We also do some work identifying what these little things might be. Often they can be those classic things that distinguish men from women – a women’s way of shopping on one side – a man’s obsession with sport on the other. This can lead to much laughter as people share but it also helps people realise that all couples face these and other such frictions in their lives. I sometimes tell the story of a young man called Adam who was living with his girl friend and things were going wrong. I suggested that he wasn’t understanding that women are different from men and suggested he read the Book “Men are from Mars, Women are from Venus”. One of the things this book taught me was that when my wife raises a problem she is not asking me to provide a solution. Men tend to think – face a problem – provide a solution. Women tend to think – face a problem – talk about it. What a man therefore has to do when a woman raises a problem is not to panic and think she wants an answer when what she wants is for you to listen, to show that you care. Cutting her short with a solution not the way to go. So what did Adam do? He read the book and was very impressed with it, but the next time he and his girl friend had a conflict, instead of listening to her, he told me what he did. “Read this book” he said “And then you’ll understand”. She left him!
Of course it isn’t just the classic man/woman differences that people have to deal with in marriage, and these things come up too. He may be the one who like things tidy and she likes to strew things around. It isn’t always the man who drops his socks on the floor, although I believe that is more often the case.
WE then look at how to deal with such things so as to stop them becoming major issues! Maybe you have some ideas? Some need raising – but at the right time and in the right way. NOT I hate what you are doing…more I am sorry but I find what you are doing difficult to cope with. Some things just need living with don’t they? I always tell couples not to think they can change their partner. It is fatal way to begin a marriage. If he or she is untidy, there is a limit to how much they can change. There are even some things almost impossible to change. For example there is little point in hating your partner for snoring – a big problem for many couples. What we have to learn is how to adopt strategies to cope and to realise that all the strategies we adopt are part of our love for our partner. So the wife may decide it is impossible to take him shopping, better to go alone or with a friend, and he may have to realise that asking her to watch the football with him may just not work! Once again these are decisions to be made, each one is an act of will, something we have to work at, not a nice feeling that will somehow carry us through as if by magic. Indeed if couples rely on that feeling – “I am so in love with him that I can put up with anything.” – they are actually storing up troubles for themselves later when that “feeling” begins to wear off.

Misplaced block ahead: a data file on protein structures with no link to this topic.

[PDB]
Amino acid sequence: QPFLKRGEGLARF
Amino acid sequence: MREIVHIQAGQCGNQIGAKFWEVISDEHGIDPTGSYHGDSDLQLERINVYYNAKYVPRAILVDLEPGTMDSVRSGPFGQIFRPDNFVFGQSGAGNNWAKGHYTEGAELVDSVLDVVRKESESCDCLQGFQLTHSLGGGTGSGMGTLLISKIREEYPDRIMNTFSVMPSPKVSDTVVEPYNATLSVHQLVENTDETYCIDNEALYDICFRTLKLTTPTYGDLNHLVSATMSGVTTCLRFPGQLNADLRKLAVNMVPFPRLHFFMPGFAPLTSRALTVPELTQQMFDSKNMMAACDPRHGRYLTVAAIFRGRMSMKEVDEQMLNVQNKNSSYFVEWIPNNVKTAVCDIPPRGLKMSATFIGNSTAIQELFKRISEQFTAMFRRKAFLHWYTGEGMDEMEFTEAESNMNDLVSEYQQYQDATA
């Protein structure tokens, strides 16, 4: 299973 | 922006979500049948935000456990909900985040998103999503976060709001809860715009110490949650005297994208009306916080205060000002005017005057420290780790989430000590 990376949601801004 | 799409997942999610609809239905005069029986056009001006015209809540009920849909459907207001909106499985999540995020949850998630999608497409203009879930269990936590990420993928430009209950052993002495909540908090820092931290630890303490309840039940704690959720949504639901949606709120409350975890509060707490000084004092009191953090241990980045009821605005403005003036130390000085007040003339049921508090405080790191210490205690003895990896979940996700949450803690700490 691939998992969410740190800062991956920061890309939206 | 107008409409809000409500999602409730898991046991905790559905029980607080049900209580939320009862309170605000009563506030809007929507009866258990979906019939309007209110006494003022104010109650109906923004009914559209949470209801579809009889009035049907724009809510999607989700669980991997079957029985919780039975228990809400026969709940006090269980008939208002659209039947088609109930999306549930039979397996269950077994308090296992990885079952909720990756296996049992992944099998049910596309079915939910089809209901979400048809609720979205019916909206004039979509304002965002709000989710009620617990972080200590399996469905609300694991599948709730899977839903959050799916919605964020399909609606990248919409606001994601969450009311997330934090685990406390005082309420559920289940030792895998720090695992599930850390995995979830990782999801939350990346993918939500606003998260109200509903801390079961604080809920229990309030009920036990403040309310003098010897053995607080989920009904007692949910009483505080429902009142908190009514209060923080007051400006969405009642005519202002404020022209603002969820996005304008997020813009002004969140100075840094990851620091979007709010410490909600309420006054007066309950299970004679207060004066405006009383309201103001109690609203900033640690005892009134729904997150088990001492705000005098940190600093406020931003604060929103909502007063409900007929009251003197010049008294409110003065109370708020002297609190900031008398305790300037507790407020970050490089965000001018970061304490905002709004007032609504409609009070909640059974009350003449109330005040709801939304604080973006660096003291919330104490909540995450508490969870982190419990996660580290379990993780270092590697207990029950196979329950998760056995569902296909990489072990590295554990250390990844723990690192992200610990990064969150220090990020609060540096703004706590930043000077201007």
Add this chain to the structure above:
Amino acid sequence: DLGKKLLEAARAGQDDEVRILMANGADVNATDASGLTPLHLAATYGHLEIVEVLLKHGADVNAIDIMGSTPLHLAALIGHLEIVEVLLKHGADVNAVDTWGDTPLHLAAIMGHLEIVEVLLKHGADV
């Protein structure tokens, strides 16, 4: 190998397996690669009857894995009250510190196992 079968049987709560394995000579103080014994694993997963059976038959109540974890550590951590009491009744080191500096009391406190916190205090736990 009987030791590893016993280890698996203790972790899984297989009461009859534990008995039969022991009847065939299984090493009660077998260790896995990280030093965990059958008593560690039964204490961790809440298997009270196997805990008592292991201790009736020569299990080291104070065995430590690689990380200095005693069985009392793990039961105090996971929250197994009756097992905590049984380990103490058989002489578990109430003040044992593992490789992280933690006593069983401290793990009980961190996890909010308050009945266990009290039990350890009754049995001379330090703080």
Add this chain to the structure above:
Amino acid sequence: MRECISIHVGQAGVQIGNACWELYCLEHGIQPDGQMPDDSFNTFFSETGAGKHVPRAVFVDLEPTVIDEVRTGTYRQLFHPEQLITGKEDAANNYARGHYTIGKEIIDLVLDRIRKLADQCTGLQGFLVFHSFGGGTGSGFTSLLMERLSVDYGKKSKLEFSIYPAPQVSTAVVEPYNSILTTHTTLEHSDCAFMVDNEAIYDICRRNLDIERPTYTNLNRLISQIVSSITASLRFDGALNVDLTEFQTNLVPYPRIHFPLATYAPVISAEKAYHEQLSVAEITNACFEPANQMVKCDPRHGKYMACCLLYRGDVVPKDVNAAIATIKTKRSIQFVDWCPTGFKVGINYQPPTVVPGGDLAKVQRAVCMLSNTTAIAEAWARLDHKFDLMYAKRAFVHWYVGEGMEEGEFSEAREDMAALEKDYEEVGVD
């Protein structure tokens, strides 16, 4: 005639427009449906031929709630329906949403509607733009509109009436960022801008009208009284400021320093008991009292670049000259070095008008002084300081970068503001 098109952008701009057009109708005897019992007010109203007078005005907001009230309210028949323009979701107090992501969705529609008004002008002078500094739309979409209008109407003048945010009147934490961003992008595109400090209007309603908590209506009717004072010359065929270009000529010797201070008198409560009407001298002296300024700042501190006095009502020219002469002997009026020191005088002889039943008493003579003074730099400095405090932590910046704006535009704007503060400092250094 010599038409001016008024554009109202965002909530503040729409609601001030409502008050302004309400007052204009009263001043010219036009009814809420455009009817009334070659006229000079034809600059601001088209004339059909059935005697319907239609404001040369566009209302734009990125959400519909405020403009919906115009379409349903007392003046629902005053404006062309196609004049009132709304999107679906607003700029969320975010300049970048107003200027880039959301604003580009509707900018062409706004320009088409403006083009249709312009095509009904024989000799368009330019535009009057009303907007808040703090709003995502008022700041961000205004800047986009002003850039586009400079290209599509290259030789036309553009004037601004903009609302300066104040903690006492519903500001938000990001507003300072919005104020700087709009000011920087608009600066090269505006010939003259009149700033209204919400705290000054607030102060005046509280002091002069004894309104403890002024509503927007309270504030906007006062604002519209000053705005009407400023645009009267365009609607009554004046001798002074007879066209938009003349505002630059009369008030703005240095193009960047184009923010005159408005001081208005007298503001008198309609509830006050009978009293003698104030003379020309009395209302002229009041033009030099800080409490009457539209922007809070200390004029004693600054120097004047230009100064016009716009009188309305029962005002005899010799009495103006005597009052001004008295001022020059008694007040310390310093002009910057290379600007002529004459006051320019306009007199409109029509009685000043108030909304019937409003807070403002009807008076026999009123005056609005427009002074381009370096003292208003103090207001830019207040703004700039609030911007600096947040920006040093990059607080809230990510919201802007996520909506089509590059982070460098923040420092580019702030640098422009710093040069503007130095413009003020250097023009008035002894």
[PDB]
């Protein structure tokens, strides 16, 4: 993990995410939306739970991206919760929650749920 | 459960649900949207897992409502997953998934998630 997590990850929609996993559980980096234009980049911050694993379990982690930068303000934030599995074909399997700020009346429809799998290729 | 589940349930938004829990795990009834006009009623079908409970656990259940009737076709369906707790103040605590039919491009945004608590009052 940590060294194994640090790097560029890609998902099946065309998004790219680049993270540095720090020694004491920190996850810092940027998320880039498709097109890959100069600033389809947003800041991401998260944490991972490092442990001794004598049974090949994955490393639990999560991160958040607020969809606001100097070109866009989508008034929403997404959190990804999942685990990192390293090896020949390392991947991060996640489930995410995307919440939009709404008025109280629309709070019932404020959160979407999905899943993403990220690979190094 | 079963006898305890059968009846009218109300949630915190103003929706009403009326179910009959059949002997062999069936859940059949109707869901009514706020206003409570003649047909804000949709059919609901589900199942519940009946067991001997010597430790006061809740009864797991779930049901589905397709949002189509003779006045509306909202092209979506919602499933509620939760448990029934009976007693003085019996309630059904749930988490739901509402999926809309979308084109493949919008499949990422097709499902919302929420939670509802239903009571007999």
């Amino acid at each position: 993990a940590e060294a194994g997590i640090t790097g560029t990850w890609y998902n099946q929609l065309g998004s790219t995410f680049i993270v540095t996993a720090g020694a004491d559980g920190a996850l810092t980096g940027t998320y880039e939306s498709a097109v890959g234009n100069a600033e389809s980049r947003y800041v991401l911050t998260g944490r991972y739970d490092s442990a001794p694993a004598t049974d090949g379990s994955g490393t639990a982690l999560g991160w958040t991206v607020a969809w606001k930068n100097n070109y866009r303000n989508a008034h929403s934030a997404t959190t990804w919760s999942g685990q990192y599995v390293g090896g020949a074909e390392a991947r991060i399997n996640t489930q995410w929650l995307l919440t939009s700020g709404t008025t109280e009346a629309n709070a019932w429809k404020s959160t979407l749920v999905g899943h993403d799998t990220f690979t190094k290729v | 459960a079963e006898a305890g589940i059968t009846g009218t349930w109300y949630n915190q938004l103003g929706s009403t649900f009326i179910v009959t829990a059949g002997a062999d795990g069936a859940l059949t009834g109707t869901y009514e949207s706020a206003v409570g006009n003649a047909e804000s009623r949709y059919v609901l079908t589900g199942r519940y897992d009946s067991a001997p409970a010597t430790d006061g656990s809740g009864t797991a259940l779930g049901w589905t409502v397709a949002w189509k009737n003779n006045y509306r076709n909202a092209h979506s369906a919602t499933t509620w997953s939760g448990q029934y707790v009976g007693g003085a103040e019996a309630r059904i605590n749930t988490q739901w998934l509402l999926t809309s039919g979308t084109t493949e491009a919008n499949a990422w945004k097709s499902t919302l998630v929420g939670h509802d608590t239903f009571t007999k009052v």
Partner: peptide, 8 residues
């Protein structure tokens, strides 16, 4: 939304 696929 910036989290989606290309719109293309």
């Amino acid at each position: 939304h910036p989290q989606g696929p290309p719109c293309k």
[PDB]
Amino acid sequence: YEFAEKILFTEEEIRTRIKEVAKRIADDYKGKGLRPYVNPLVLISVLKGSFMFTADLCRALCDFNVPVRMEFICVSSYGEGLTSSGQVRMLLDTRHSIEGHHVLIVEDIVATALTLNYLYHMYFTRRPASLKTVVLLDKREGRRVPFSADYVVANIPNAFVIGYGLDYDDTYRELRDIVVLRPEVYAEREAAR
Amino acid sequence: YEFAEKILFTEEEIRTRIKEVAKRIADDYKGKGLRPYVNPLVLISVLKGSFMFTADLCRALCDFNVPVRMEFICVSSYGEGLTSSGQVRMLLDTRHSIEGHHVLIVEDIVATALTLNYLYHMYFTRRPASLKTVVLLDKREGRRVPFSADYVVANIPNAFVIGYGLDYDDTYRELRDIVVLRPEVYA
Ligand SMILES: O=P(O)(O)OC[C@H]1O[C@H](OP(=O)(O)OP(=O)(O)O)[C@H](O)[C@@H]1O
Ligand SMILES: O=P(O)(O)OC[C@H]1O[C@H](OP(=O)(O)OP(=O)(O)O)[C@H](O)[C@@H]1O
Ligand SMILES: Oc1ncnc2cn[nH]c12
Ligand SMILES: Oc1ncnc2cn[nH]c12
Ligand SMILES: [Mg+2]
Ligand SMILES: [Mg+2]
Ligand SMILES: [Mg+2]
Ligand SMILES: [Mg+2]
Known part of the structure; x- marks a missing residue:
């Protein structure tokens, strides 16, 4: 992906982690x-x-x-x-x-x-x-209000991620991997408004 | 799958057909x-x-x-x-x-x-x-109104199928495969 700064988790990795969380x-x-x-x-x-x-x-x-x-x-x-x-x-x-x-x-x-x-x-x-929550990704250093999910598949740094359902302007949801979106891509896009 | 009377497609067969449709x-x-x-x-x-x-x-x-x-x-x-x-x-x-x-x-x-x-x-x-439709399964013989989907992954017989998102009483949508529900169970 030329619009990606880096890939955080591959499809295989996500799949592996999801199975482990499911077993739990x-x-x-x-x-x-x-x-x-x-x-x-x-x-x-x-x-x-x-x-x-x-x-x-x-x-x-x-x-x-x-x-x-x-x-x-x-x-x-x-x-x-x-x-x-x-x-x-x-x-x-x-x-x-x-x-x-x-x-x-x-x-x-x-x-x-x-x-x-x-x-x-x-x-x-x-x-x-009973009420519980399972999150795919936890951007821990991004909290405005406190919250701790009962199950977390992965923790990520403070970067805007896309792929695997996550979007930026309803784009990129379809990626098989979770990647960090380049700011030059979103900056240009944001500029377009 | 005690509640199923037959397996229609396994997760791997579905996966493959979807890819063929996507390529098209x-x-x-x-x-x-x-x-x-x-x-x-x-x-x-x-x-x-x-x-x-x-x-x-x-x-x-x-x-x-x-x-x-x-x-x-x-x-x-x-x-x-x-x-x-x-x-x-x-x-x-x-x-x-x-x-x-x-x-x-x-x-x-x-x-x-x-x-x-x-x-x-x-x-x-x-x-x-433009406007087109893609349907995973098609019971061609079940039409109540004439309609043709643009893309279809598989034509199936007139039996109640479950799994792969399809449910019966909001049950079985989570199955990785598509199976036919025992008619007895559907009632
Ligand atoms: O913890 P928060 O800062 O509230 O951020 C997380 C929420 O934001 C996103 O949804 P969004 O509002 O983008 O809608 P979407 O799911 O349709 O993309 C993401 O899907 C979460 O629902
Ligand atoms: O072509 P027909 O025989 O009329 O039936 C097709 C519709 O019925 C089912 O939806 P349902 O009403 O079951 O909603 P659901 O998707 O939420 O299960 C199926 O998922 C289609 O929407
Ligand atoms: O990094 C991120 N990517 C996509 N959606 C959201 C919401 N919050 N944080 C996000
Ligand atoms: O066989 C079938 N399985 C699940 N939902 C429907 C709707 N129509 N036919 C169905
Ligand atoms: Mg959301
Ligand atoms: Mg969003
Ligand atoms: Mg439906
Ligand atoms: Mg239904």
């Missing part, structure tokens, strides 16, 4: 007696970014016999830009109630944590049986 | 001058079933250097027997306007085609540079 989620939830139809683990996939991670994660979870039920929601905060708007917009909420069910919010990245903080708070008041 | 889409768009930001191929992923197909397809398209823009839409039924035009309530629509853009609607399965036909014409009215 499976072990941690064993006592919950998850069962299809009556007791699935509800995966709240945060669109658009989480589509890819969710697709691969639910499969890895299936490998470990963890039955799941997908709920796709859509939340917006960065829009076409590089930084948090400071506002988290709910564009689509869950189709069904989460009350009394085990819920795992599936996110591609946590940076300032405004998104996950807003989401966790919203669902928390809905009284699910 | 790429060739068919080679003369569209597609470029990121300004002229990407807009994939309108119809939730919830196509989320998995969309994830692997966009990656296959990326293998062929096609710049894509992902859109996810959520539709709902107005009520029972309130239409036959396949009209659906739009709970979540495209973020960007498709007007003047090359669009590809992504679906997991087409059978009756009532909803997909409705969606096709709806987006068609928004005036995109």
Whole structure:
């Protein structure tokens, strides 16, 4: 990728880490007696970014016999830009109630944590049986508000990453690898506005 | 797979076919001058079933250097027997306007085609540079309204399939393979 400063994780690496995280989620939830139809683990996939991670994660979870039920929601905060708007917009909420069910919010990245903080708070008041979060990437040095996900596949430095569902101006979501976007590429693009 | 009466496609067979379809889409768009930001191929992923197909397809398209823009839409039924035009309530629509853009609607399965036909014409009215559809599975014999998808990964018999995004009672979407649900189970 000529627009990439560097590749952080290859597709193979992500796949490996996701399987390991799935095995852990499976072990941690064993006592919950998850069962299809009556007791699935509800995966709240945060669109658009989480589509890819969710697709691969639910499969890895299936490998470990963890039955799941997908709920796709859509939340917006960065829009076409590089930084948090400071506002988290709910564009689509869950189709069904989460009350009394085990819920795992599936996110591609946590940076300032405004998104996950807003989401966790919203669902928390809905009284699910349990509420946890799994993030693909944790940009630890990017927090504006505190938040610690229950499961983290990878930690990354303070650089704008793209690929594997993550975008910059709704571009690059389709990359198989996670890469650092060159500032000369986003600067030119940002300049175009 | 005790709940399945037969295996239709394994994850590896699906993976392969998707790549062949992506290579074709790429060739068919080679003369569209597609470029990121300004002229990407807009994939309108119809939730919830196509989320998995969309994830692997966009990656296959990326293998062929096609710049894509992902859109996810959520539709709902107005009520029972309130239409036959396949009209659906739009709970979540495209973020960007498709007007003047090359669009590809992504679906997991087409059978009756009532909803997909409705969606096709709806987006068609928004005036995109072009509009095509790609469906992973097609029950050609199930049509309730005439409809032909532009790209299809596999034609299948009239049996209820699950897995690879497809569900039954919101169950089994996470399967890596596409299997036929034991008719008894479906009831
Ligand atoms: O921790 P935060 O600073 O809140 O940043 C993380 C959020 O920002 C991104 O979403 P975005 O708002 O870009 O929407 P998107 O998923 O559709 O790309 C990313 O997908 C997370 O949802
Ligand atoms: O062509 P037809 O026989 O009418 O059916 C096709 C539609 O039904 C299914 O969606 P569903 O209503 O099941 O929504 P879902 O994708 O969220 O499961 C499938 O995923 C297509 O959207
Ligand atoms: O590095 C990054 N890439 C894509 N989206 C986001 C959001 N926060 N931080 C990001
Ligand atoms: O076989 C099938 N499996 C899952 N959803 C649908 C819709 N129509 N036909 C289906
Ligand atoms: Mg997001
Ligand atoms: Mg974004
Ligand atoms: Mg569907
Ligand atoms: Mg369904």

These two presentations, with the work the couple are asked to do together, come at the beginning of the day and are led by ordinary married lay people sharing their own experiences and difficulties, and how they have managed them. Only then does the Priest give a Talk on the Nature of Catholic Marriage. I always start my Talk by asking them if they can name the 5 elements that make up a real Catholic Marriage. I get them to spend a couple of minutes chatting with their partner before coming up with their answers, so let’s do the same now. Think about it for a few moments, have a little chat with your spouse or your neighbour and let’s see what you come up with. 5 things that make a marriage a real marriage. 5 things that the Catholic Church would say would make a marriage invalid if they were not present.
This is all about being one with one another. It includes things like love and trust and sharing. Notice that it is union, which preserves each person’s identity – what one might call our personal space – not unity which implies a complete merging. It includes sex of course, but that means the whole physical relationship. It is expressed in those famous words from the service “For better, for worse, for richer for poorer, in sickness and in health, to love and to cherish, till death do us part.”
This was brought home to me some years ago when I went round to prepare Wayne and Tracy (not their real names) for their marriage. I had known them a bit since they were young and rather wild teenagers, who happily had sex with all sorts of people. In the end Tracy had become pregnant, but not by Wayne. The father wasn’t interested in supporting her, and gradually her friend Wayne became the one she turned to. He moved in, supported her through the birth of her baby, and got on with being a good father for the little one. When I visited them and got on to the subject of sex, they stopped me. “We don’t call it sex.” they said, “That is what we used to do. We call it making love.” I have used that story a lot since to remind people that in the modern world where sex is endlessly portrayed as something people who are NOT married do, learning to see sex as part of a deep and lasting relationship requires quite a mind shift – a constant battle against the way sex is normally presented. Try to think of a film or a TV drama where sex is shown between a married couple and you will see what I mean!